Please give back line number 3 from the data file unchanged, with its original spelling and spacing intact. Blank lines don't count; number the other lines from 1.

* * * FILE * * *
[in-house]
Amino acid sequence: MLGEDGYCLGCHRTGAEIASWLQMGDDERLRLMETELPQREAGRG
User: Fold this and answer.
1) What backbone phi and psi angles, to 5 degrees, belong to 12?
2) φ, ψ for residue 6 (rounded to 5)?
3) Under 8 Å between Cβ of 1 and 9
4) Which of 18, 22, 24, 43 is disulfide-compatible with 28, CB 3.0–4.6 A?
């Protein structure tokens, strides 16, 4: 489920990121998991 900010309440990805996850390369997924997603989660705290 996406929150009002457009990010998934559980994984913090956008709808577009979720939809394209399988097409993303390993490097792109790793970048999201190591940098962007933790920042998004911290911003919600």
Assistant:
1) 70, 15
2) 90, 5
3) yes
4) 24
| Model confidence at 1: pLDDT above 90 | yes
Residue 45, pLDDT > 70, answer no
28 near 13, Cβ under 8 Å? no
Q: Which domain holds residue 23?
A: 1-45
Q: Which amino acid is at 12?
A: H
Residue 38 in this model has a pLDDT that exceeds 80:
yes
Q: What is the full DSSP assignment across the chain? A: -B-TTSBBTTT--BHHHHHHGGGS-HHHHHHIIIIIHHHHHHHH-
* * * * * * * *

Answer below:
User: Fold this and answer.